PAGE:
img_6981Over time, different ways are sought to interpret the same subject.  When technology is needed, as at Chimelong, it supplements the way a technology savvy audience perceives the world, creating a connection between the subject and viewer.  Art, as in Azul, can achieve the same outcome.  And sometimes, what’s needed is an overall suspension of disbelief – an acceptance that we have actually traveled into the subject’s natural realm.  Technology, art, and story (or in a number of cases, backstory) when combined successfully, create an emotional connection between the show, exhibit, or attraction and the patron.  They become important tools in updating perception as societal mores change over time.  With advances in technology and increased debate over keeping animals in captivity for entertainment, children two generations from now might very well be experiencing the beluga through advanced robotics, interactive virtual reality, and gamification.

This week, leaders in the themed entertainment design field will be meeting at the Ringling Museum of Art and other campuses of Florida State University in Sarasota for the 2014 edition of SATE — Storytelling, Architecture, Technology, Experience — to discuss the latest trends in these fields and their cross-integration in the successful development of new experiential activities and attractions.

So why did I start off with the Boston Aquarial Gardens in 1861?  Barnum, who had been involved with the business from its inception in the 1850’s due to a strange chain of events involving the bankruptcy of his American Museum in New York, had gained full ownership of the Aquarial Gardens by the time of Sarah Putnam’s visit.  The Gardens had begun a transition away from being a science oriented venue to a showman’s paradise.  Trained non-marine animals were brought into the building and heavily showcased.  Magicians performed shows.  And aboriginals from South America performed.  Just like a century later, native Americans would perform at Disneyland and after that Polynesians at a Cultural Center living history museum in Hawaii.  Just like local craftspeople showcase their skills at Silver Dollar City and Japanese artisans spin candy sculptures at Disney’s EPCOT.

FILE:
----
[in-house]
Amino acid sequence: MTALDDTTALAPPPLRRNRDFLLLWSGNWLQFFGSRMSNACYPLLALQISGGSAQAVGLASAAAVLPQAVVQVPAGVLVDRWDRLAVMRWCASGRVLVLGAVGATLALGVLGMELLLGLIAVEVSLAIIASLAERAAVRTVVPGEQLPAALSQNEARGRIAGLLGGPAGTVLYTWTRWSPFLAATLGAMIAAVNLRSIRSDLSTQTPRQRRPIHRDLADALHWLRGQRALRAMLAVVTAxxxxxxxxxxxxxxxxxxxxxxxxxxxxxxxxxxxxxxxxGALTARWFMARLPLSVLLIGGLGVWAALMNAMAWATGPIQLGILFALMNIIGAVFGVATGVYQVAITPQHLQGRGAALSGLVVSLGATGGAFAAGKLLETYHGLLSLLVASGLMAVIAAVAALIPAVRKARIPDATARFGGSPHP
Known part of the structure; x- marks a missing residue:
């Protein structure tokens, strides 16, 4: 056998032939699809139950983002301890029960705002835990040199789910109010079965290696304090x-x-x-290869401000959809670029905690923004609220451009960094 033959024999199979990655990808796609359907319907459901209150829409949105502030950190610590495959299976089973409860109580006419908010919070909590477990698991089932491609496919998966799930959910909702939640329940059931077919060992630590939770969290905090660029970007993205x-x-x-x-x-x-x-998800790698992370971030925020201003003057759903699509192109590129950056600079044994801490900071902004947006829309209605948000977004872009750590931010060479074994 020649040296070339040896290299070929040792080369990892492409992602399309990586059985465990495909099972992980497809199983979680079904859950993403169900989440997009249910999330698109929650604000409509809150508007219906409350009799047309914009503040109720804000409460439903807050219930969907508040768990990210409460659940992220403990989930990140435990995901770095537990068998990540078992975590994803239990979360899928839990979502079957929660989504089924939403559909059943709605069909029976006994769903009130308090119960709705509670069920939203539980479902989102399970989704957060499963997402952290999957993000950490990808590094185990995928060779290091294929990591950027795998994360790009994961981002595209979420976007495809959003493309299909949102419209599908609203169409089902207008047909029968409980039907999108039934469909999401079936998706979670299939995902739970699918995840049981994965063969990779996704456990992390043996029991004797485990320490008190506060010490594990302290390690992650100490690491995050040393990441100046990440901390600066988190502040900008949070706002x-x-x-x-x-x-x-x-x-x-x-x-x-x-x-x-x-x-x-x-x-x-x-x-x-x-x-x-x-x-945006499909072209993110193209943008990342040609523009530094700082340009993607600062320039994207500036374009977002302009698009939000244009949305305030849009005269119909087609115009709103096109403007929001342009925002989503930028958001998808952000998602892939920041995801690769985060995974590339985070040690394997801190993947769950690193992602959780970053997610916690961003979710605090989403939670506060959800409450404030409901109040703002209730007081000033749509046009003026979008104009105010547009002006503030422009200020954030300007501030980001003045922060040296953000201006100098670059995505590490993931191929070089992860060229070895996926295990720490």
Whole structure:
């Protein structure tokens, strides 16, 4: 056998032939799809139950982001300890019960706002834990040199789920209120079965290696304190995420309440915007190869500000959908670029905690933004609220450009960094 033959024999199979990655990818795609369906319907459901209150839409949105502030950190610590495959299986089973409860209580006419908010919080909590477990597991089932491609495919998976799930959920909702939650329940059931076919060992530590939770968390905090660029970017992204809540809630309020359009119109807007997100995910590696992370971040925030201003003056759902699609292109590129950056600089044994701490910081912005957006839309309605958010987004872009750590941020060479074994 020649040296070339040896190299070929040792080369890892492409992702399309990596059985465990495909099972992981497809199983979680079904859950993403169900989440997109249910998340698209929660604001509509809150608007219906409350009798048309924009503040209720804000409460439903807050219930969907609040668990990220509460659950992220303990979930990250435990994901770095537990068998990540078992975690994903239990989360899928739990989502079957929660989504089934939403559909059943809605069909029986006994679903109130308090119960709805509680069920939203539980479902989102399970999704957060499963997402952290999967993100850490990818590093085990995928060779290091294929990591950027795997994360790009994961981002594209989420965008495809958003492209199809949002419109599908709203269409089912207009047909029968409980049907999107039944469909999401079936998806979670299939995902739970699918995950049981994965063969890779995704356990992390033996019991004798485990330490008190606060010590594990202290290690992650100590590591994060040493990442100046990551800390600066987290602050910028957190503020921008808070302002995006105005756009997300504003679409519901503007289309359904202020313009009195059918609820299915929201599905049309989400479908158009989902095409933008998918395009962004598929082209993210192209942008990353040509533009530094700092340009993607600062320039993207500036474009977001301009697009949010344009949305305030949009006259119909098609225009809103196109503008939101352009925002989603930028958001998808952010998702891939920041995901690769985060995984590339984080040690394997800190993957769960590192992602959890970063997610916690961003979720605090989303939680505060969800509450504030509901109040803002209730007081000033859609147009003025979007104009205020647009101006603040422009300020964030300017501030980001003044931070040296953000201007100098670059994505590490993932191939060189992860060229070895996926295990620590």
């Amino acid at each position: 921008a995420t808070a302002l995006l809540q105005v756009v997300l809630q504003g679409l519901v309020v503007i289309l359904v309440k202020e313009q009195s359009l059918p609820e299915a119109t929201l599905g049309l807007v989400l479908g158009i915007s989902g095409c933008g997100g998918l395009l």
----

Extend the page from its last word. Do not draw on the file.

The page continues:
Everything began with Barnum.  Dolphin Tales at the Georgia Aquarium owes as much to Barnum and that beluga swimming around the central pool as it does SeaWorld.

In 1875, Barnum financed P.T. Barnum’s Great Traveling Museum, Menagerie, Caravan, and Hippodrome, which in 1882 merged with the Cooper and Bailey Circus to form Barnum & Bailey.  In 1907, the Barnum & Bailey Circus was sold to the Ringling Brothers, who continued to operate it separately from their own circus.  Eventually, in 1919, the two were merged into Ringling Brothers, Barnum & Bailey.  In 1967, the Feld family purchased the circus.  And as Kenneth Feld, the CEO of Feld Entertainment, is headlining SATE, there’s one connection.

J2_caAnother is the grounds itself.  John Ringling, one of the five Ringling Brothers, began construction on his $1.5 million ($21 million by today’s standards adjusted for inflation) Sarasota mansion in 1924.  That mansion and its grounds eventually became the centerpiece of the Museum.  In 1927, John Ringling made Sarasota the winter home for his circus.  In 1948, a museum of circus artifacts was added, which is still a major feature of the museum.

J3 Day-2-Pt-2_045So who’s who at SATE?

Chairing the Storytelling segment of the SATE design conference, Oct 2-3 in Sarasota, FL, Phil Hettema of The Hettema Group announced speakers and sessions:

“A Conversation with Kenneth Feld,” in which Phil Hettema interviews the CEO of Feld Entertainment Inc., will headline the conference on Oct 2

Orchestrating Desire: Using Story to Create Compelling Experiences – Raul Fernandez of Brainwave ThoughtProducts

The New Crossroads of Storytelling, Design, and Personal Technology – Denise Chapman Weston of WhiteWater West

About the SATE ’14 Storytelling speakers

Denise Chapman Weston
Owner & Creator of Cool Inventions, Apptivations
Director of Imagination, Whitewater West
Denise Chapman Weston is a professional Playologist. Since the age of seven, she has been inventing magical experiences and bringing them to life. She co-wrote three books on play and has a career in creating interactive experiences and toys. Chapman co-owns over 45 patents on family attractions, toys, and technology. MagiQuest, a live adventure game is one of her “actual-reality” accomplishments. Slideboarding, a mash of Guitar Hero and waterpark slides is her most recent invention as a partner at Whitewater West. The Memory Machine is her first transmedia novel using digital devices to tell a story. She lives in Rhode Island with her three children and a home filled with imaginative steampunk characters of her creation.

Raul Fernandez
CEO, Brainwave ThoughtProducts, Inc.